The webinar will review results from academic evaluations of energy efficiency and climate mitigation policies that have targeted energy-intensive industry on EU and Member State level. The EU emissions trading system, by some portrayed as Europe´s flagship policy to tackle climate change, has had little effect in triggering innovative low-carbon solutions. Other policy approaches taken by Member States have centred on site-level energy management practices linked with national incentives and obligations that stimulates industrial energy efficiency as a strategy aiming at multiple objectives. Remarks are also made about policy design and the role of evaluation to foster policy improvements.
Suggested reading: Stenqvist, C. (2013). Industrial energy efficiency improvement - the role of policy and evaluation. Doctoral dissertation. Lund: Lund University.
Speakers for this webinar: Christian Stenqvist
- Editing Trainer: Hans De Keulenaer
Research however states that there is still large untapped energy efficiency potential which deployment is hindered by the existence of various barriers to energy efficiency. The complexity of improved energy efficiency in manufacturing industry calls for an interdisciplinary approach to the issue. The book “Improving Energy Efficiency in Industrial Energy Systems” applies: “an interdisciplinary perspective in examining energy efficiency in industrial energy systems, and discusses how “cross-pollinating” perspectives and theories from the social and engineering sciences can enhance our understanding of barriers, energy audits, energy management, policies, and programmes as they pertain to improved energy efficiency in industry.”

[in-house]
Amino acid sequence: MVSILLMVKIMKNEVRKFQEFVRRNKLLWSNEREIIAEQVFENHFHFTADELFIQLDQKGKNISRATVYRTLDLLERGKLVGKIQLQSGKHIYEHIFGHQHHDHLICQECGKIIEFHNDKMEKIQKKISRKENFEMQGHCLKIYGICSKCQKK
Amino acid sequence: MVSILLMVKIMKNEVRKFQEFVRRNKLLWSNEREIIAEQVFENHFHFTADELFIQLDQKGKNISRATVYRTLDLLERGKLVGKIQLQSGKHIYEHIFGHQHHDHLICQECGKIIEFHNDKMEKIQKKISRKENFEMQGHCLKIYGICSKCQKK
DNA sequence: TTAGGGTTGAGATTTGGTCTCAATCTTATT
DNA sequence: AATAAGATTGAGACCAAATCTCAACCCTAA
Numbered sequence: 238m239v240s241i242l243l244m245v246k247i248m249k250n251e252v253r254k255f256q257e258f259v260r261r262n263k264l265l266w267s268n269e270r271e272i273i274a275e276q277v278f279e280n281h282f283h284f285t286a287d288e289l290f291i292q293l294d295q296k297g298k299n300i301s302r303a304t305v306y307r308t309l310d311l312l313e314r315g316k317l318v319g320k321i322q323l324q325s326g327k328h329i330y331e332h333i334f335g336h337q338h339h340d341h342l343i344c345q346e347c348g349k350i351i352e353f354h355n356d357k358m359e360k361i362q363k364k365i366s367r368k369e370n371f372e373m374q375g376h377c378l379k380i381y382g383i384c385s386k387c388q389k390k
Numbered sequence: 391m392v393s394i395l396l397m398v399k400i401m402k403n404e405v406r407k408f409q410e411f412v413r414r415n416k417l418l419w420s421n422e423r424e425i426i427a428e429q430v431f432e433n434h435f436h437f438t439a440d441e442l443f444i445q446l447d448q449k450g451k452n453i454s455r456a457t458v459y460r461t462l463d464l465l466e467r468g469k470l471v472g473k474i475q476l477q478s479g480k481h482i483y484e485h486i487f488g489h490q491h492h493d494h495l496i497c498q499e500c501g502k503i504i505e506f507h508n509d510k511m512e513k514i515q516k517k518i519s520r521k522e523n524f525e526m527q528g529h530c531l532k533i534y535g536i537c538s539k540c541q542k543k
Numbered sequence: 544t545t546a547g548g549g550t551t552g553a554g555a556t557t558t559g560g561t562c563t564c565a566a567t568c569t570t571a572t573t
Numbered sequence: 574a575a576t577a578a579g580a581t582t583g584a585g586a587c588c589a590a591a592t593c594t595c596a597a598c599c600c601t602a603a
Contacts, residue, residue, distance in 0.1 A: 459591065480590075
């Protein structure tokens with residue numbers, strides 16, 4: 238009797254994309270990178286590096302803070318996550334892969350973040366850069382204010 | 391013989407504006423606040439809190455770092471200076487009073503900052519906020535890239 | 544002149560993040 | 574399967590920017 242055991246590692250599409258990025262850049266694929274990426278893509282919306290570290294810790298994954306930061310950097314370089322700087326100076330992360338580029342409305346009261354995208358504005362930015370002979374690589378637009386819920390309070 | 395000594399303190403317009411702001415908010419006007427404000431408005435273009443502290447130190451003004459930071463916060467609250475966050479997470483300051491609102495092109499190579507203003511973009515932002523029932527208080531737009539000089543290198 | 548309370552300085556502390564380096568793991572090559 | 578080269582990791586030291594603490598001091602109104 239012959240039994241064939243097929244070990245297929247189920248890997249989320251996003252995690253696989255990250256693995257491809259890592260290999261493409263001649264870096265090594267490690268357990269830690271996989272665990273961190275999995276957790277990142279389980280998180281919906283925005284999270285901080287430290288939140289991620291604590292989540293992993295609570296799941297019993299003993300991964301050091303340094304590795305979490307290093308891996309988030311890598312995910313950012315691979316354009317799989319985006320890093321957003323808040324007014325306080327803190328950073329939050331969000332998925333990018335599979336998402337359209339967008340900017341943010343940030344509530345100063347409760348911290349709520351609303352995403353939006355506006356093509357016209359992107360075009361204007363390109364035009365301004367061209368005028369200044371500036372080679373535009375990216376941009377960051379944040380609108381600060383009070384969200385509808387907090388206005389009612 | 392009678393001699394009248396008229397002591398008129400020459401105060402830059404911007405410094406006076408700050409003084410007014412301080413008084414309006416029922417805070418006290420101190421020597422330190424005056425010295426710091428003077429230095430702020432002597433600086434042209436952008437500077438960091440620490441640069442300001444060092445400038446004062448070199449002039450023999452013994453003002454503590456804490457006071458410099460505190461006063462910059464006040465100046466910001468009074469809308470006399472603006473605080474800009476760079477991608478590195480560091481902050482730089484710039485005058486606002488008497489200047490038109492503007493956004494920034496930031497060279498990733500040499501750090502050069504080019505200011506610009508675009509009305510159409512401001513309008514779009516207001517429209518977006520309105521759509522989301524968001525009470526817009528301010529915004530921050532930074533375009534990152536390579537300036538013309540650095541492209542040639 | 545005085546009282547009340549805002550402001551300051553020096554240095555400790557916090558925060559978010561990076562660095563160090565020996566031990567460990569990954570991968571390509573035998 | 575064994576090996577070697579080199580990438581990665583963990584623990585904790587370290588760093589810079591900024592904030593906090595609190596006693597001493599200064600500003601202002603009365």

By Peter Mallaburn (Policy to Practice Ltd)
Industrial energy audits were amongst the first energy efficiency policy measures developed in response to the oil shocks of the 1970s. Since then they have become enormously popular in industrialised economies. In the EU they are mandatory for large organisations under the EU Energy Efficiency Directive. Developing countries are considering them as they scale up their own climate programmes.
So interest in audits can only grow. But, from a policy-maker’s perspective, do they work? How do they work? How could they work for me? Certainly, in principle, audits are extremely important because they get to the heart of how a company uses energy. But after 40 years, the scientific literature on audits is large and complex and difficult for the non-specialist policy-maker to wade though.
This webinar tell the story of audits in a way designed to cut through this complexity. It recounts the history of audits and sets out why they are important. It sets out some of the main features of successful audit programmes, and, from the practical experience of the speaker, how to go about putting one together. It then considers the main problems with audits and how these can be addressed. Finally the talk will look ahead to see how audits might evolve in the near future.
Date: December 16, 2015
Time: 15h00-16h00 Central European Time (check your local time)